The number of heavy rain events has increased throughout much of the U.S., including the Midwest, where the days with at least one inch of rain averaged 13% higher from 2009 to 2018 than the long-term average dating to 1950, according to NOAA.

In Missouri, the number of annual 4-inch (10.2-centimeter) or greater rainfalls was 58% higher than the long-term average. In Iowa, the increase was 31% and in Nebraska it was 23%.

There also will be more severe droughts, experts say, while rains will be more intense, with more water falling in a shorter period. What's more, the greatest increase in rainfall is occurring in the fall, when farmers are trying to harvest.

The unpredictability “ends up being really bad news for farms,” said Jeffrey S. Dukes, an ecologist who directs the Climate Change Research Center at Purdue University.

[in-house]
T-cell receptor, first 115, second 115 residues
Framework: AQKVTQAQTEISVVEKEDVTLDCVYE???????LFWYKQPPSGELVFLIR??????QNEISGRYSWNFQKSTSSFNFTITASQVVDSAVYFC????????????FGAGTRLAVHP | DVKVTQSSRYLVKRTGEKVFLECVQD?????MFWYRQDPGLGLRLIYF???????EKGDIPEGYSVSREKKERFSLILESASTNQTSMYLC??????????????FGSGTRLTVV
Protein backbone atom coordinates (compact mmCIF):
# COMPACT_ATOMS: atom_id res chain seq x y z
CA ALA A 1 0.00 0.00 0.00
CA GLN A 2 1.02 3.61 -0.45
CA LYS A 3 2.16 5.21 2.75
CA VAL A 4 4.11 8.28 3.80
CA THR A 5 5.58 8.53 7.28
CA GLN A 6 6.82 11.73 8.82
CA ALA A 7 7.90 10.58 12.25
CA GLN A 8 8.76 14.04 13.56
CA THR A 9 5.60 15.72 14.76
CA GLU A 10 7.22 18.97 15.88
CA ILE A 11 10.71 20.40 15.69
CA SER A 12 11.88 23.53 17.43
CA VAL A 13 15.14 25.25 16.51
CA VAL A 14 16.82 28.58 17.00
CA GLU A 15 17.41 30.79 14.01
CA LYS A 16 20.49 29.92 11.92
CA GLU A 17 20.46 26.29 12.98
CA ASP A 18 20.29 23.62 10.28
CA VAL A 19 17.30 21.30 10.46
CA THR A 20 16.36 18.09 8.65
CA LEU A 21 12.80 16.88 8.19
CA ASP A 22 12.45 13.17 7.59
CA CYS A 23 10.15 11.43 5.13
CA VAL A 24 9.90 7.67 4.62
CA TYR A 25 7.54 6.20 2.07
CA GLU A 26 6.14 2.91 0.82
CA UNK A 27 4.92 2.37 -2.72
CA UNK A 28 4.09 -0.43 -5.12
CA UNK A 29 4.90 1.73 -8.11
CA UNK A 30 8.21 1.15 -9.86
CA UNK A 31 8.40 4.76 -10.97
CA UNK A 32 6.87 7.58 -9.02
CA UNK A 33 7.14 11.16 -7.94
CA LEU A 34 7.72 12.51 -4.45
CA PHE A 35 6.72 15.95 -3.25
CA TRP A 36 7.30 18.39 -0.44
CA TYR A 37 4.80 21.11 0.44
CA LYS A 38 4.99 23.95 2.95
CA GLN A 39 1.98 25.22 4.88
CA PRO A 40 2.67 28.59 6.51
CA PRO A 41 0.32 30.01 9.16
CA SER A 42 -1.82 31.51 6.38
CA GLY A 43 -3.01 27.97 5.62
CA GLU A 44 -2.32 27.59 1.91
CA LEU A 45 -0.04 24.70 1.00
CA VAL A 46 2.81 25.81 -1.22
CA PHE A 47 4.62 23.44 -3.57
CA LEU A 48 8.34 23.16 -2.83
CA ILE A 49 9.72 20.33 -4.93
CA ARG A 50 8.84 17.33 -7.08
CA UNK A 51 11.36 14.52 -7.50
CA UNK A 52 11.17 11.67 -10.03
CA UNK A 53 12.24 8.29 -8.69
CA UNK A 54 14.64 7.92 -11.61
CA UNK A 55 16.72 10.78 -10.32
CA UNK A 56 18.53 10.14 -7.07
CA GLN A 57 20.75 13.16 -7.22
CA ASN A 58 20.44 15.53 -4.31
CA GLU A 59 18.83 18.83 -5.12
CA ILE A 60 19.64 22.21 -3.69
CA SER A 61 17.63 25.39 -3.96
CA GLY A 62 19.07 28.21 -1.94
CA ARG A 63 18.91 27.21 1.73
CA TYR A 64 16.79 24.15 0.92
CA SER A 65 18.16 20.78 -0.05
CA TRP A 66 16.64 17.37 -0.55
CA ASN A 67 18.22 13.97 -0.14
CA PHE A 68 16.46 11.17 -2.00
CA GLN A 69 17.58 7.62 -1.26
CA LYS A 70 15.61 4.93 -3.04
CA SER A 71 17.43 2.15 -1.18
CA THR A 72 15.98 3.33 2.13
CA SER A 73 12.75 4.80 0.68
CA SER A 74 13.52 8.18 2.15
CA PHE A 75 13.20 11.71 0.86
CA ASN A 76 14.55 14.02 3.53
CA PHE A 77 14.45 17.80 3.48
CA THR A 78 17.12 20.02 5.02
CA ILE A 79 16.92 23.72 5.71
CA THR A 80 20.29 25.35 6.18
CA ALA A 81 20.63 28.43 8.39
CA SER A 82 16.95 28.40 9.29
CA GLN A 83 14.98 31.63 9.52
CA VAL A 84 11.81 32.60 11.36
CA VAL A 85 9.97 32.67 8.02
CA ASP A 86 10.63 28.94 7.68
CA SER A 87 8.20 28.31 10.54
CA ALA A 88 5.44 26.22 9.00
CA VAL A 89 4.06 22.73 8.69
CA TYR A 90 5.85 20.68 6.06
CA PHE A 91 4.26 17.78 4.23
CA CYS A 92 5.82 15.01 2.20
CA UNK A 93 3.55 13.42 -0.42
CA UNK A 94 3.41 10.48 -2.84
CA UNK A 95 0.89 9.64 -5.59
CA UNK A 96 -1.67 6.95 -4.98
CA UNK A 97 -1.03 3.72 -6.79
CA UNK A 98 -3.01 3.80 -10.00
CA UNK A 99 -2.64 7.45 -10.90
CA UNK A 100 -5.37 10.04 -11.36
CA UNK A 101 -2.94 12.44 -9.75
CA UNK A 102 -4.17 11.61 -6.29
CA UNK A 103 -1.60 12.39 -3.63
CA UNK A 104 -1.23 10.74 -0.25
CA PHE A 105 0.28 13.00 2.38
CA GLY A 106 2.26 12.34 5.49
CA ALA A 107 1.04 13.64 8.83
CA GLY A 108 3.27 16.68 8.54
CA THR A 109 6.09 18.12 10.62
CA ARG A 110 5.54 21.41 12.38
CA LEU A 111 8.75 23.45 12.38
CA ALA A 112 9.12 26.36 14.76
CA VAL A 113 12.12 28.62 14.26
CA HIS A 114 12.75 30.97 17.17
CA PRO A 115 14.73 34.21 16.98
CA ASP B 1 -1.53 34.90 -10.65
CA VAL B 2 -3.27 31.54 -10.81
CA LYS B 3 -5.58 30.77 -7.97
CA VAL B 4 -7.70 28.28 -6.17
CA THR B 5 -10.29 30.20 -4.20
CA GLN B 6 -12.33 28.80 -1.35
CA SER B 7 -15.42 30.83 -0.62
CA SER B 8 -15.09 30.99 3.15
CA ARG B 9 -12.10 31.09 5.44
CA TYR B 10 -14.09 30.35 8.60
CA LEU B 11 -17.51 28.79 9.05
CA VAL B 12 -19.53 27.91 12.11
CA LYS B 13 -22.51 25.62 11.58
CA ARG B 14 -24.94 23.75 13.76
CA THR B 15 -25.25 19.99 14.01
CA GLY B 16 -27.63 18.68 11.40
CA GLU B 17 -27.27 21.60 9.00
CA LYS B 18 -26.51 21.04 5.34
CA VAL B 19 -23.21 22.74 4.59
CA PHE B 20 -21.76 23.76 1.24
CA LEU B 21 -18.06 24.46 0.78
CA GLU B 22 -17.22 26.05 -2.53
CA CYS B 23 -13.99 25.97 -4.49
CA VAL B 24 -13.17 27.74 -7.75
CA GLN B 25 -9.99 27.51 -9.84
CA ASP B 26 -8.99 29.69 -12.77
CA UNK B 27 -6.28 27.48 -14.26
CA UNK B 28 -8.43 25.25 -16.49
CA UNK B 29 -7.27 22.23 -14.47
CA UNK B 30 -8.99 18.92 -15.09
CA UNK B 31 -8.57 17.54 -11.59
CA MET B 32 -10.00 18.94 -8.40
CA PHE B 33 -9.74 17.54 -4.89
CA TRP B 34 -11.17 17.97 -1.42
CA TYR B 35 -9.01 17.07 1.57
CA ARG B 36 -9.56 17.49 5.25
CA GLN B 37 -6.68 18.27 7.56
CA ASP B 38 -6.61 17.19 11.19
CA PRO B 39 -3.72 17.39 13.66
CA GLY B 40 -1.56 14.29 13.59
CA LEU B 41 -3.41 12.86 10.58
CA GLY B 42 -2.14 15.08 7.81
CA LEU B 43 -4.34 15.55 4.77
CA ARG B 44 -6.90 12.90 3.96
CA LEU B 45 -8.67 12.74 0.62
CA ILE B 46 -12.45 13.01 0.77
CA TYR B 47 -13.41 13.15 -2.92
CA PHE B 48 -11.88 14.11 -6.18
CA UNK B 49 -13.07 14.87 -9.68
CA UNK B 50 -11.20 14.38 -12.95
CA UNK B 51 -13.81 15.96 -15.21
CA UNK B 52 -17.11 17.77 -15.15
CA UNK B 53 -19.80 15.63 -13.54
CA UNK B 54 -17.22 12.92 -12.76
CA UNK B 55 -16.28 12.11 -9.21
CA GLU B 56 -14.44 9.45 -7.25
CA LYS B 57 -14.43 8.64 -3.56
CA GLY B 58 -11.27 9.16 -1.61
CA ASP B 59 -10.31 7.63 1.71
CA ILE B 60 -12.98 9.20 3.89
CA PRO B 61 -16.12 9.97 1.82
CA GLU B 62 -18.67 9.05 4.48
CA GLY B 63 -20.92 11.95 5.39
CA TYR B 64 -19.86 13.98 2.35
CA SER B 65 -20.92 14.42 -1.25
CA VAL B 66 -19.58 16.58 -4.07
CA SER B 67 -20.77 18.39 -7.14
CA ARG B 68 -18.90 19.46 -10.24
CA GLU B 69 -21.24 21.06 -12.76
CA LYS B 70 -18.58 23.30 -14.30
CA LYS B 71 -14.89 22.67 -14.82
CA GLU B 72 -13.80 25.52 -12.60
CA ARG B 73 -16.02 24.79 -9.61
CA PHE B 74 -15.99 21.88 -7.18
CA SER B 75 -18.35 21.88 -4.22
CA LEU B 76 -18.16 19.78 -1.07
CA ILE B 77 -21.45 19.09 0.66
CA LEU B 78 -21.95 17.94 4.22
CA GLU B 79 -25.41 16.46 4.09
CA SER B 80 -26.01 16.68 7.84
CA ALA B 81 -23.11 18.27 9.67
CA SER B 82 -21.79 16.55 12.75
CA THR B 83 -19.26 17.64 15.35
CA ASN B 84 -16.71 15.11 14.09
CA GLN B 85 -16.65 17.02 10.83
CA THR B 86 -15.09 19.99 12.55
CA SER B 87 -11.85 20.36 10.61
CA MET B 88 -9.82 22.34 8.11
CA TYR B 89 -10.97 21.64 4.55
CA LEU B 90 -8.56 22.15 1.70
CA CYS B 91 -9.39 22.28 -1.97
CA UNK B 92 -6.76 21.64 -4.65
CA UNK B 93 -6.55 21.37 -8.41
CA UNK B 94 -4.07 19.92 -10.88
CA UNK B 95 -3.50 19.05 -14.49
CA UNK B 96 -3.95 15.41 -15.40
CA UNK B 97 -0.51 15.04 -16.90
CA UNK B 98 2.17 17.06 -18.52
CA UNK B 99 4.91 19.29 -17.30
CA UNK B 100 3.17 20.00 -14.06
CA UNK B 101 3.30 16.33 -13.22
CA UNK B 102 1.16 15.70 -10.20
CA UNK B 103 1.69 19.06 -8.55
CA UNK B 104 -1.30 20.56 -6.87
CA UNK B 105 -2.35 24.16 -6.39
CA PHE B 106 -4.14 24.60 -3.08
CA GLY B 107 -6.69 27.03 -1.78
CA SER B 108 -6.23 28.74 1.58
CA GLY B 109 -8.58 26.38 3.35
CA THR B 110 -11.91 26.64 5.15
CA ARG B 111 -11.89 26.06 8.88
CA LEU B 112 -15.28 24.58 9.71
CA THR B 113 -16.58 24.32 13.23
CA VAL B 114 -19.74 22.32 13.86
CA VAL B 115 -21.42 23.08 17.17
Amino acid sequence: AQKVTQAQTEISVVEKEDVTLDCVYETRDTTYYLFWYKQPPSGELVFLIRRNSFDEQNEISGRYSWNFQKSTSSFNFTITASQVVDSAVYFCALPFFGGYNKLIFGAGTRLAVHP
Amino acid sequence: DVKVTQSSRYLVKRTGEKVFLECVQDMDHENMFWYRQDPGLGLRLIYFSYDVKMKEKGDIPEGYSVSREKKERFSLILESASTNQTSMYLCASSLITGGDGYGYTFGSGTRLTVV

Heavy rains and flooding kept farmers from their fields in more than a dozen states this year, the wettest on record through October in the contiguous U.S., and breached levees along major waterways that included the Arkansas and Mississippi rivers.

On the Missouri, the disaster unfolded after a blizzard was followed by heavy rain that fell on the snow and frozen ground. Most of the runoff came from tributaries without levees or dams, so the Army Corps had no way to slow the surge and little time to warn farmers.

“It just completely overwhelmed the levees downstream,” said Matthew Krajewski, chief of the readiness branch in the Corps’ Omaha District.

Experts say heavy rain in 2018 set the stage for the floods because the soil was saturated as winter started.